What is your current job and what does it entail?
As a clinical fellow in the Cancer Genomics Lab, I’m part of a team that studies changes in genomic information in cells to learn more about how cancer develops.
We use computational tools to analyse large quantities of genetic data from cancer patients so that we can work out the changes that occur when healthy cells become cancerous.
I’m particularly interested in bone cancers, and a lot of my work focuses on understanding the genetic fingerprint of specific tumour types, ultimately to help improve patient diagnosis and treatment.
For instance, we recently discovered a genetic marker that distinguishes between aggressive bone cancers and a rare benign bone tumour, and will help doctors guide treatment decisions.
What motivated you to take a break from the clinic to work in a lab?
Medicine is always changing and that’s what gives us hope that we will be able to do even better for our patients in the future. Cancer care epitomises that, with loads of new treatments coming along, which means doctors have a lot of scientific papers to read! Since the advent of chemotherapy in the 1950s, there have numerous glimmers of hope that cancer would soon be beaten but it always turns out to be ten times more complex than we had imagined.
I wanted to get into the lab to understand just a little more about how cancer evolves to be a step ahead of us. In exploring those fundamental aspects, I hope that the next 70 years of developments can be even more meaningful than the last.
It was during a brief stint in Boston as a medical student, that I became aware how integrated clinical practice and fundamental science could be. Doctors could treat patients in the morning and study the same disease in the lab in the afternoon.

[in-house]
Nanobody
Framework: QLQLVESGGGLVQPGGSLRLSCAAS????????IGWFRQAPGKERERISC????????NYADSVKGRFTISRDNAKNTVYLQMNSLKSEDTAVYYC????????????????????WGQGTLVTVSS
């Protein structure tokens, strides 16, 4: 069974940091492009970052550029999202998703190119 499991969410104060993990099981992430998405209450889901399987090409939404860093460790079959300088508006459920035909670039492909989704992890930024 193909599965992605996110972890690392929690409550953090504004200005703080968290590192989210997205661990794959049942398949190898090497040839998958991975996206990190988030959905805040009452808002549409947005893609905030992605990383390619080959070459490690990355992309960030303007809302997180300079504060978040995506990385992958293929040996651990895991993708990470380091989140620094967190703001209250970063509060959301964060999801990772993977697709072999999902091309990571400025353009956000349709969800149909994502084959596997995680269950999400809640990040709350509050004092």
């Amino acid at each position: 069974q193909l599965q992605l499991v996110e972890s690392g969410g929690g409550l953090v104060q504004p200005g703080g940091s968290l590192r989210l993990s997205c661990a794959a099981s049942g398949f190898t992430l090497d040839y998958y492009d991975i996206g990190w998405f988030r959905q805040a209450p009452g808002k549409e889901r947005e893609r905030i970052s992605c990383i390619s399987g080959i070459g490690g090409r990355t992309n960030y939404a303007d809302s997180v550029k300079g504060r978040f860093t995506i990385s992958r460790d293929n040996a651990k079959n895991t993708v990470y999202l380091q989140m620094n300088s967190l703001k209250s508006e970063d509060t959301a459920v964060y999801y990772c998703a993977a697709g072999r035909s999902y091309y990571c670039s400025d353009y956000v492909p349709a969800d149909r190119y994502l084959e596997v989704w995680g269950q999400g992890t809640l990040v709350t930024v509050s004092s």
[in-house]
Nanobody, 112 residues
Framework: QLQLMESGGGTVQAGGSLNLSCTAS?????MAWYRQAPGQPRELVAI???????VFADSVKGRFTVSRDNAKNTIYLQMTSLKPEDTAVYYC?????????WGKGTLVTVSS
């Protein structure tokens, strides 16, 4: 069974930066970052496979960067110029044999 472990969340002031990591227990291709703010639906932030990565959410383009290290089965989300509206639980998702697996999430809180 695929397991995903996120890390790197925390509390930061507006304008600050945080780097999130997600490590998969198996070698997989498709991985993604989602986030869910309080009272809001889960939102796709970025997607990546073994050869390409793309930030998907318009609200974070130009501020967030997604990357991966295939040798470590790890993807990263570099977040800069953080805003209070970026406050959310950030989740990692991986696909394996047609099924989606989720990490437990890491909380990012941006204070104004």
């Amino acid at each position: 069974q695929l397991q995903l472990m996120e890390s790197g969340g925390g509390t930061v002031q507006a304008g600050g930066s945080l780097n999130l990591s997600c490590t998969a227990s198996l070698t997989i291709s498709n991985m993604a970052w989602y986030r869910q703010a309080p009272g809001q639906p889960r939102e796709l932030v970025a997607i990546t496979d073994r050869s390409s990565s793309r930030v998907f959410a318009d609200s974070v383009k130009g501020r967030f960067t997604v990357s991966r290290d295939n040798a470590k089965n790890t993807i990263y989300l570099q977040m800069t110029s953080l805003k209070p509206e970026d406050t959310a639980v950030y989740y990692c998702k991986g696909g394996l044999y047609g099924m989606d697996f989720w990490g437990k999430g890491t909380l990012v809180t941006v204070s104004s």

So what exactly is a clinical fellowship?
Clinical fellowships are basically training opportunities for clinicians wanting to get some more hands-on research experience. In my case, I’m taking a break from being a practising doctor to carry out a three-year research PhD. In order to understand the more fundamental science behind medical advances, you really need this in-depth period of training. It turns out that after six years of medical school and a masters I couldn’t get enough of being a student!
What’s the best part about being a Crick clinical fellow?
The most valuable part of being at the Crick for me is having so many world-class experts under one roof! The scientists here are pushing the frontiers of their various areas of fundamental science. It means internal seminars are like hearing keynote lectures at international conferences and when we get external speakers they can be really special. It’s been a real pleasure being exposed to that.
The Crick is also a brand new institute which means a shiny new building, equipment and brilliant support both for experiments and students.
What have been the biggest challenges?
Probably teaching myself to code! When I started in the lab, I knew very little about the data scraping techniques that scientists use to find patterns in vast datasets and identify cancer biomarkers or new cancer genes. This was a steep learning curve for me, but it’s been very satisfying teaching myself how to write code that helps me solve research questions.
What’s next for you?
I have another year left of my fellowship at the Crick, but I would really like to be able to carry on some research after I return to clinical work. Some academic clinicians do manage to split their time between looking after patients and academia, both during specialty training and as consultants, but who knows what opportunities will arise!